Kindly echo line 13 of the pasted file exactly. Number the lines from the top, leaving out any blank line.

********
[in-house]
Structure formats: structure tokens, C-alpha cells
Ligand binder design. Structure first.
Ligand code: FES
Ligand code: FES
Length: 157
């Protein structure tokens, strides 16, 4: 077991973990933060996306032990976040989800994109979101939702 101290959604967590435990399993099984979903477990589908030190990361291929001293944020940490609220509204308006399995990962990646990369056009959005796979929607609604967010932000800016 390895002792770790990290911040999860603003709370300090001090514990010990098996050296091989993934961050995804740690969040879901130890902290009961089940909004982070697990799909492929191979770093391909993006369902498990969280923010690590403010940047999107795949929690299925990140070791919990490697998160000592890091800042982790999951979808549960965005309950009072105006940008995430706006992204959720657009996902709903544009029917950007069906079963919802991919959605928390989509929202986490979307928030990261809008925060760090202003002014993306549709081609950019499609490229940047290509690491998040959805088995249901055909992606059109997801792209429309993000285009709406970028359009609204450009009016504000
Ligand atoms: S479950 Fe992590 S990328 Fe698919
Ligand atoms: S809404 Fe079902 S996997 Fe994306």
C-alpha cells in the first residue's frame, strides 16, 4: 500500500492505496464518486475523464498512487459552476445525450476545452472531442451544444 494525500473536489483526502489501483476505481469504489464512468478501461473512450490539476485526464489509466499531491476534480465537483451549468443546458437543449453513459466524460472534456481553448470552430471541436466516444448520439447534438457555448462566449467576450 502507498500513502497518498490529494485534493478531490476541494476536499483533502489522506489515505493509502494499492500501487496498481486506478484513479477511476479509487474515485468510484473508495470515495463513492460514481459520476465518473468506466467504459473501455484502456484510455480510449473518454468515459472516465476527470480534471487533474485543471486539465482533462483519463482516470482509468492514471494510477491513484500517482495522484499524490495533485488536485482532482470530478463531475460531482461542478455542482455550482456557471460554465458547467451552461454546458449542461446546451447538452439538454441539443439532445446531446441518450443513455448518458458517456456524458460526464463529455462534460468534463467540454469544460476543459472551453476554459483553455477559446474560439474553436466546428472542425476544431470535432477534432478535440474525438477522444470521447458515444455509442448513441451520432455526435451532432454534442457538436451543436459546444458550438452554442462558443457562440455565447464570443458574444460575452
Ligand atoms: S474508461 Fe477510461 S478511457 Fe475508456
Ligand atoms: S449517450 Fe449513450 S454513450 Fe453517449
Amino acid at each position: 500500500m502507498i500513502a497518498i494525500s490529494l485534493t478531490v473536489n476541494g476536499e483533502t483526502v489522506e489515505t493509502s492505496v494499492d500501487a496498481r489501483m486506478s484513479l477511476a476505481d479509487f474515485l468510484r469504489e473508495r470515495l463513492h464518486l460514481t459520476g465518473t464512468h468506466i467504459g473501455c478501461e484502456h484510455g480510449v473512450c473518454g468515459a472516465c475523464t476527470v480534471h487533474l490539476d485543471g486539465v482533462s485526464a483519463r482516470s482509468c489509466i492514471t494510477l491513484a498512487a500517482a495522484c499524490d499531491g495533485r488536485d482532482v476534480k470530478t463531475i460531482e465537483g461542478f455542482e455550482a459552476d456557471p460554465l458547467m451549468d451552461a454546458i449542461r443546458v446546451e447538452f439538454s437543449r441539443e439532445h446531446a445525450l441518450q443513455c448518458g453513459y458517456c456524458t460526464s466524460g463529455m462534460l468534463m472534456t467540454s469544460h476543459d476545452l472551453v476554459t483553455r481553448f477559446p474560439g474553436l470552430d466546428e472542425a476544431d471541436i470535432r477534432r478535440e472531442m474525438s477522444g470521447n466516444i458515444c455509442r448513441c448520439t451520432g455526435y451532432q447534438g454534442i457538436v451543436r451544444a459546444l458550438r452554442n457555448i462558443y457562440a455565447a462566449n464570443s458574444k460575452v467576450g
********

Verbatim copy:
Amino acid at each position: 500500500m502507498i500513502a497518498i494525500s490529494l485534493t478531490v473536489n476541494g476536499e483533502t483526502v489522506e489515505t493509502s492505496v494499492d500501487a496498481r489501483m486506478s484513479l477511476a476505481d479509487f474515485l468510484r469504489e473508495r470515495l463513492h464518486l460514481t459520476g465518473t464512468h468506466i467504459g473501455c478501461e484502456h484510455g480510449v473512450c473518454g468515459a472516465c475523464t476527470v480534471h487533474l490539476d485543471g486539465v482533462s485526464a483519463r482516470s482509468c489509466i492514471t494510477l491513484a498512487a500517482a495522484c499524490d499531491g495533485r488536485d482532482v476534480k470530478t463531475i460531482e465537483g461542478f455542482e455550482a459552476d456557471p460554465l458547467m451549468d451552461a454546458i449542461r443546458v446546451e447538452f439538454s437543449r441539443e439532445h446531446a445525450l441518450q443513455c448518458g453513459y458517456c456524458t460526464s466524460g463529455m462534460l468534463m472534456t467540454s469544460h476543459d476545452l472551453v476554459t483553455r481553448f477559446p474560439g474553436l470552430d466546428e472542425a476544431d471541436i470535432r477534432r478535440e472531442m474525438s477522444g470521447n466516444i458515444c455509442r448513441c448520439t451520432g455526435y451532432q447534438g454534442i457538436v451543436r451544444a459546444l458550438r452554442n457555448i462558443y457562440a455565447a462566449n464570443s458574444k460575452v467576450g